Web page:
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Service problems abound, but Stanley and Seafort’s does deliver a stunning view

Post by Sue Kidd / The News Tribune on Nov. 29, 2013 at 12:00 am | No Comments »
December 3, 2013 8:43 am
The view from Stanley and Seafort's is one of the finest views in Tacoma. Dean J. Koepfler/Staff photographer
The view from Stanley and Seafort’s is one of the finest views in Tacoma. Dean J. Koepfler/Staff photographer

More than 40 years ago, Walter N. “Mickey” Hogan intended to turn a slice of McKinley Hill into apartments. But the would-be apartment builder and his then-wife Lynda shared a delightful evening at Seattle’s Canlis Restaurant.

A new idea percolated: A restaurant with a stunning view of Tacoma.

Today, Tacoma diners know that view restaurant as Stanley and Seafort’s. Back when it opened in 1971, it was Walter N’s Ltd.

Hogan still lives here, but also calls California home. He still owns the building and land where Stanley and Seafort’s operates. He operated Walter N’s for eight years before selling it to Arnold Shain, a legend in Seattle circles as a restaurant concept man. It briefly landed back in Hogan’s ownership after Shain exited, and then Restaurants Unlimited took over in the early 1980s, branding the restaurant Stanley and Seafort’s, part of its chain of restaurants that serve similar menus of steaks, seafood and American chophouse classics.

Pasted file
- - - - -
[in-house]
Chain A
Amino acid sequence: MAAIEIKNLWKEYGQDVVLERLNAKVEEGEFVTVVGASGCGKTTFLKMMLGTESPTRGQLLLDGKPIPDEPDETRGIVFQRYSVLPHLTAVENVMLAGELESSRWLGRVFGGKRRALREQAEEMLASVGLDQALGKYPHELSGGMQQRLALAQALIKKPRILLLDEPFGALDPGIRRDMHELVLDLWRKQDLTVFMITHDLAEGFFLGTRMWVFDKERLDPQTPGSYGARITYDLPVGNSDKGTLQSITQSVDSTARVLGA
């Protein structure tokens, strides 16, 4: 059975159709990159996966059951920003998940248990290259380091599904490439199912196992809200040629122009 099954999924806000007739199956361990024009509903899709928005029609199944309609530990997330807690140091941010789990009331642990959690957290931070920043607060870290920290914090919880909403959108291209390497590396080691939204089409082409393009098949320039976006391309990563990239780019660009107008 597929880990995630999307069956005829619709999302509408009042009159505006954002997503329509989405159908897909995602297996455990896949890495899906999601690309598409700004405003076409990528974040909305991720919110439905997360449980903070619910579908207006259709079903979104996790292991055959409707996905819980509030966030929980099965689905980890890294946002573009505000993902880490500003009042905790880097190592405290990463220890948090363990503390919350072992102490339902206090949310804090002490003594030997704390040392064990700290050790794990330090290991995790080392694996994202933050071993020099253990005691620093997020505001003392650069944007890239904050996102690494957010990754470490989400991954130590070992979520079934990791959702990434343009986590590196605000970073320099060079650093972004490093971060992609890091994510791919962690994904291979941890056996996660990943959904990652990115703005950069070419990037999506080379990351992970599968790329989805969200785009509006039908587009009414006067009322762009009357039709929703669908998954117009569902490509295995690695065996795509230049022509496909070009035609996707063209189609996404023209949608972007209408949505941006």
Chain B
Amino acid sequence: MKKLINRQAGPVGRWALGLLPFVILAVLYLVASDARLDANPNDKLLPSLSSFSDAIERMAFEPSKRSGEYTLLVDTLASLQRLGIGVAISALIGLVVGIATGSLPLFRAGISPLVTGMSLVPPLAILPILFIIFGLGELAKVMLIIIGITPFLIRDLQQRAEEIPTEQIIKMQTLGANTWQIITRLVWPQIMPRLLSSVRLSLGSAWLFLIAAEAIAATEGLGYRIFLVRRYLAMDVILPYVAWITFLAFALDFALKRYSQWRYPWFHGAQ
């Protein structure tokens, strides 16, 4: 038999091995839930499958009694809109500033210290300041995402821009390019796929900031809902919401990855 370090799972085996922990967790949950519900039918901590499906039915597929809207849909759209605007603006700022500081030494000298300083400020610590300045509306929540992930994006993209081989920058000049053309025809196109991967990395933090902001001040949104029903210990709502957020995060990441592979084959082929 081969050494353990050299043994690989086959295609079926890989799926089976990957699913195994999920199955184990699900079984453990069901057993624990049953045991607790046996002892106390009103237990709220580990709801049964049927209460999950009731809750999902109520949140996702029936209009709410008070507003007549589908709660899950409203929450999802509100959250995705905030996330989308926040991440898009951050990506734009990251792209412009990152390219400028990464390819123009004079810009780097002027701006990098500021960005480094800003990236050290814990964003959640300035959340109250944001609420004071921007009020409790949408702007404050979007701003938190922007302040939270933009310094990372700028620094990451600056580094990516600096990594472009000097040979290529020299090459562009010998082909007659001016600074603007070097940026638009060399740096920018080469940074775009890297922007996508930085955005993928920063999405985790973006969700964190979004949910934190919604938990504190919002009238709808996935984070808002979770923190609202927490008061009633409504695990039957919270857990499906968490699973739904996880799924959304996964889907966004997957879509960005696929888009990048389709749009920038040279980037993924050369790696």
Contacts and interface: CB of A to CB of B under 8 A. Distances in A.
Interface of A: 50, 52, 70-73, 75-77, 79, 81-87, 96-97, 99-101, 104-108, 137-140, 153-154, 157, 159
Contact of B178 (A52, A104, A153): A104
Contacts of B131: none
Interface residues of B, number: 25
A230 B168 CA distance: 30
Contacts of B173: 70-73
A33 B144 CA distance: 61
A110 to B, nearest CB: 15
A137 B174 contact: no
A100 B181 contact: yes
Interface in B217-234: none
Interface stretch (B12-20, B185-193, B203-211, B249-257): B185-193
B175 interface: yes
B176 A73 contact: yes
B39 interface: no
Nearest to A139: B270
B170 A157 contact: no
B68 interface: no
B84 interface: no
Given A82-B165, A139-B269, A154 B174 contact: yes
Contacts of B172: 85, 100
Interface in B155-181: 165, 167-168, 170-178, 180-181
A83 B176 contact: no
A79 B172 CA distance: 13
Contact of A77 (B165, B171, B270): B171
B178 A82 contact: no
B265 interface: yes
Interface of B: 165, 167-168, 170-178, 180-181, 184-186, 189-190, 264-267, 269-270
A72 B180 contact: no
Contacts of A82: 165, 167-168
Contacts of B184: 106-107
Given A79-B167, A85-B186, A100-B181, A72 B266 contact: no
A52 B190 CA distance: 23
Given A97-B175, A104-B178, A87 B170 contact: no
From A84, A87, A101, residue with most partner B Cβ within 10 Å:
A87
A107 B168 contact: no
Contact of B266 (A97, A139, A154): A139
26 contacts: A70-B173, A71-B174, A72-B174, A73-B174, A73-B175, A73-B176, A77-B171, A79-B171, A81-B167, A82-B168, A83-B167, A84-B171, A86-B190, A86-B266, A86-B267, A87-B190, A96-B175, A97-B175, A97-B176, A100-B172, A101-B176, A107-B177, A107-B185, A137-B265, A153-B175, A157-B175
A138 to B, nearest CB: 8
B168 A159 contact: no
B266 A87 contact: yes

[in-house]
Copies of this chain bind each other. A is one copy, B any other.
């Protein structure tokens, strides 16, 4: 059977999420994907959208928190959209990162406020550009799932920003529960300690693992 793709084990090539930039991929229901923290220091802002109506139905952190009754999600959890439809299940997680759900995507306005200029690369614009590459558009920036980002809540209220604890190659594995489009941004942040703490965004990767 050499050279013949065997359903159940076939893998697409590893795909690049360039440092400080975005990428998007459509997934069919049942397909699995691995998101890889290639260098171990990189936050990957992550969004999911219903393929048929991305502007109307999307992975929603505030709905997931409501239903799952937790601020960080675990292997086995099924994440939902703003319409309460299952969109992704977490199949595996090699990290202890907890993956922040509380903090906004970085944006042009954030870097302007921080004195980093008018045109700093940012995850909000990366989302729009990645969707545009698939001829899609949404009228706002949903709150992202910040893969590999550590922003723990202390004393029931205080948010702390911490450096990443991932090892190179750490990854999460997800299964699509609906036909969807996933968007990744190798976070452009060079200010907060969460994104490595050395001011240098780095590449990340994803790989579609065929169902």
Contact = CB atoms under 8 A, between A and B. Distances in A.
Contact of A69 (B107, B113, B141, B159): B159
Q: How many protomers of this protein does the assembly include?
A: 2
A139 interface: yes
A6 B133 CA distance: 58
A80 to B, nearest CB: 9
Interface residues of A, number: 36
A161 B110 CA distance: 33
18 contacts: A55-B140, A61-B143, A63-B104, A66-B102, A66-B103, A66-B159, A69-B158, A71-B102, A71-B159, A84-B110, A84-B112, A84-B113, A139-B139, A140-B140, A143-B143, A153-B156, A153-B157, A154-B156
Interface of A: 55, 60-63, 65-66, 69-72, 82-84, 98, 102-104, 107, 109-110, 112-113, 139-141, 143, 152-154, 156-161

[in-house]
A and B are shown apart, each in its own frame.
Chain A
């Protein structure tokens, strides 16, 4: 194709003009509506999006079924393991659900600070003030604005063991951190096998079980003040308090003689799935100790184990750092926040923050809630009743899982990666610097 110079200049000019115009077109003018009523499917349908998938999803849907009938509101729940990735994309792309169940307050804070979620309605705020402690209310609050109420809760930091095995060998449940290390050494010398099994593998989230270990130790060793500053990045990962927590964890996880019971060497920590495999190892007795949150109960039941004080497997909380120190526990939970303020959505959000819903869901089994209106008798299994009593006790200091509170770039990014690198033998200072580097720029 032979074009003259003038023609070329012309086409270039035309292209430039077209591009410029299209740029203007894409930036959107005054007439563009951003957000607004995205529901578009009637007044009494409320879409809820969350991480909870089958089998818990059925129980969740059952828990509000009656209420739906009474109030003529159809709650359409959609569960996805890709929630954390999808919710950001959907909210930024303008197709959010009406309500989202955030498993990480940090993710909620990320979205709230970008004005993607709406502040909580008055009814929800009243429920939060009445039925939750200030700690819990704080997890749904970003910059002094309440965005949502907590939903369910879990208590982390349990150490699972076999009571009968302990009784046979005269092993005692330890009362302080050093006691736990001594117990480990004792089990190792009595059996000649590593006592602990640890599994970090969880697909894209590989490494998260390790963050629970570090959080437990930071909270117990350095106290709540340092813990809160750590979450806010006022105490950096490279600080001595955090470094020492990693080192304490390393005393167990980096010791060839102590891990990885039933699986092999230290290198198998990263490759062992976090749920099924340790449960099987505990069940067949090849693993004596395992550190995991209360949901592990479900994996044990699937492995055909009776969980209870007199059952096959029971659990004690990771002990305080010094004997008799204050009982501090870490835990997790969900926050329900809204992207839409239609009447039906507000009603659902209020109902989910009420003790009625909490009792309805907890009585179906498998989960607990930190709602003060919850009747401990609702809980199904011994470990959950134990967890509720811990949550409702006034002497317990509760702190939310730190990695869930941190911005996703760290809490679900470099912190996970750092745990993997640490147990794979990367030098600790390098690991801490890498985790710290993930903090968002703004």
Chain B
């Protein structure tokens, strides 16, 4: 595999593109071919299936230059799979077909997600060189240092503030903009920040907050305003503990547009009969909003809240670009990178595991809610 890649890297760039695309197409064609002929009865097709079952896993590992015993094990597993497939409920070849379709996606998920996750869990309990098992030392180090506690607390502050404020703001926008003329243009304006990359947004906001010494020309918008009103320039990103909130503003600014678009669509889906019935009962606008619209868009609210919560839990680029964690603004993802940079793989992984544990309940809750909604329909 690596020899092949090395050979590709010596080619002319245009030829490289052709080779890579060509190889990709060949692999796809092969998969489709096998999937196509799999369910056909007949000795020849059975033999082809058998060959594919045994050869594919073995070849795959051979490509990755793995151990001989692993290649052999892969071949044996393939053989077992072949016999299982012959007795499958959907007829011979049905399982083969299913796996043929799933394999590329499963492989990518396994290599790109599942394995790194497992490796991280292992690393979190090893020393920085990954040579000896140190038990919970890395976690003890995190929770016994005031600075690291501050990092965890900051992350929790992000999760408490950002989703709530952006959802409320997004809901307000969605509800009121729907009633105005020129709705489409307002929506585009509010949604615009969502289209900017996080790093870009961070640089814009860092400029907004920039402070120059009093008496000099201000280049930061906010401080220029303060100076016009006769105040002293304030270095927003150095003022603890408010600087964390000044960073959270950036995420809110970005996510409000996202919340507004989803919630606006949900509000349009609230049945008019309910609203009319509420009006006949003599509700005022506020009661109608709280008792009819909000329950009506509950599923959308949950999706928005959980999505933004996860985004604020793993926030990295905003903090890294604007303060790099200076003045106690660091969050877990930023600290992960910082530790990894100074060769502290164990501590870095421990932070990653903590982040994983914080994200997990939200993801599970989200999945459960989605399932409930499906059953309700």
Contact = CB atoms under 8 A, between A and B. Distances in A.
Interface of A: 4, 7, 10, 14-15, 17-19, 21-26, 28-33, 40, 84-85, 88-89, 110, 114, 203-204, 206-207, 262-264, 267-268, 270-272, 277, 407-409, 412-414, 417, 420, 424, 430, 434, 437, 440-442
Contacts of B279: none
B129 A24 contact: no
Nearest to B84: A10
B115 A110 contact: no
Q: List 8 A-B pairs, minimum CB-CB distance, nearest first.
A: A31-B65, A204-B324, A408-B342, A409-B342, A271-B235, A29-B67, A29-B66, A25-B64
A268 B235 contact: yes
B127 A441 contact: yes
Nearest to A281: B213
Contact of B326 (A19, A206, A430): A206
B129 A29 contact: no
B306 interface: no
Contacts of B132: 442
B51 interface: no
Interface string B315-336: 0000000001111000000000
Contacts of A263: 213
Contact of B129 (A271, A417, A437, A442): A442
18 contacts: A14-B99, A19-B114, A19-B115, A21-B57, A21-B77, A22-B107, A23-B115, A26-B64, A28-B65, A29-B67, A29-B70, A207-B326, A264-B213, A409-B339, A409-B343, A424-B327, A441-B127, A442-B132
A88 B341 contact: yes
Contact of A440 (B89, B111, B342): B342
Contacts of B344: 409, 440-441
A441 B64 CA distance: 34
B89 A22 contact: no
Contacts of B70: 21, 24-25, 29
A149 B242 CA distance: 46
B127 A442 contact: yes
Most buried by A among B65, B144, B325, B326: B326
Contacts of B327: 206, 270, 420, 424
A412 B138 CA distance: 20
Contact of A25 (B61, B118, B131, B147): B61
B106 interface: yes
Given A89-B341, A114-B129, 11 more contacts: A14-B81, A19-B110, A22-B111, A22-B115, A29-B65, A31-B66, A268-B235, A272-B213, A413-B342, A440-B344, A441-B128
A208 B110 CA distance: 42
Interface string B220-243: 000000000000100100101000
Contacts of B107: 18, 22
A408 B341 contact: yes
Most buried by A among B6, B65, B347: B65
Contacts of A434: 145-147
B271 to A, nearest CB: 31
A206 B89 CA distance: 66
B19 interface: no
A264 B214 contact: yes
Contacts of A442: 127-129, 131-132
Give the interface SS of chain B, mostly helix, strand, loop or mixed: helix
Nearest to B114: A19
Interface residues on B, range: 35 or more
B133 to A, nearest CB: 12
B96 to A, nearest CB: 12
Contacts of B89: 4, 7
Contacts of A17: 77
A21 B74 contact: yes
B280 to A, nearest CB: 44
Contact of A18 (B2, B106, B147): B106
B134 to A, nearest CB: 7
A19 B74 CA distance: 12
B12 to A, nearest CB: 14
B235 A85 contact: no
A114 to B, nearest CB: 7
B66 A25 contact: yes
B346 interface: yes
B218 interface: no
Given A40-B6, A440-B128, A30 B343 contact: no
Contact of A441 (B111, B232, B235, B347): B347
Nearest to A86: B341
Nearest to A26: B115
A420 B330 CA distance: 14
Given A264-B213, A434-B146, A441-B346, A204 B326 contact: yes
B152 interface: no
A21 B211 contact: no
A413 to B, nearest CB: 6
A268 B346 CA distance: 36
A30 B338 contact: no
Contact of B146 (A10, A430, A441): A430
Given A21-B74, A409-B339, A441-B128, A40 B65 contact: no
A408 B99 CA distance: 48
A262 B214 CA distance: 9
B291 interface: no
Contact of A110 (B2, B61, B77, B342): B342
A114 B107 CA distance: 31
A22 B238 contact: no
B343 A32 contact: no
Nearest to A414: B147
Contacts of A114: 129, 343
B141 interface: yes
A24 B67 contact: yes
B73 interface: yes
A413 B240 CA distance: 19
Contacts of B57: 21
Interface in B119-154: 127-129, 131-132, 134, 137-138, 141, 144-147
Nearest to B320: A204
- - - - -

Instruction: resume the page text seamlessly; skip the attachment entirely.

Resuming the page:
As when it was founded more than 40 years ago, Stanley and Seafort’s provides that this-is-why-we-live-here view, an unparalleled glance from its perch atop Tacoma. Water, mountains, the working waterfront, downtown Tacoma, visions of commerce and community — it’s all on display from McKinley Hill.

Stanley and Seafort’s is a restaurant I love for that view — I just wish I could extend that love to the food and service. In five visits spread over seven months, I found occasionally uneven food and consistently sloppy service. Overall, I’d say Stanley’s is “good,” but with dinner items solidly around $30, it’s a restaurant that should rate “great.”

Recent visits were much better, presumably from the addition of new general manager Shawn Murphy.

Since his summer arrival, Murphy has made improvements to surfaces that were showing wear. On one spring visit, a slab of wood molding precariously hung by a nail just over my shoulder and a faucet in the restroom wobbled something fierce. The former has been fixed, but not the latter. Murphy said last week that the interior will soon see improvements, including new carpet.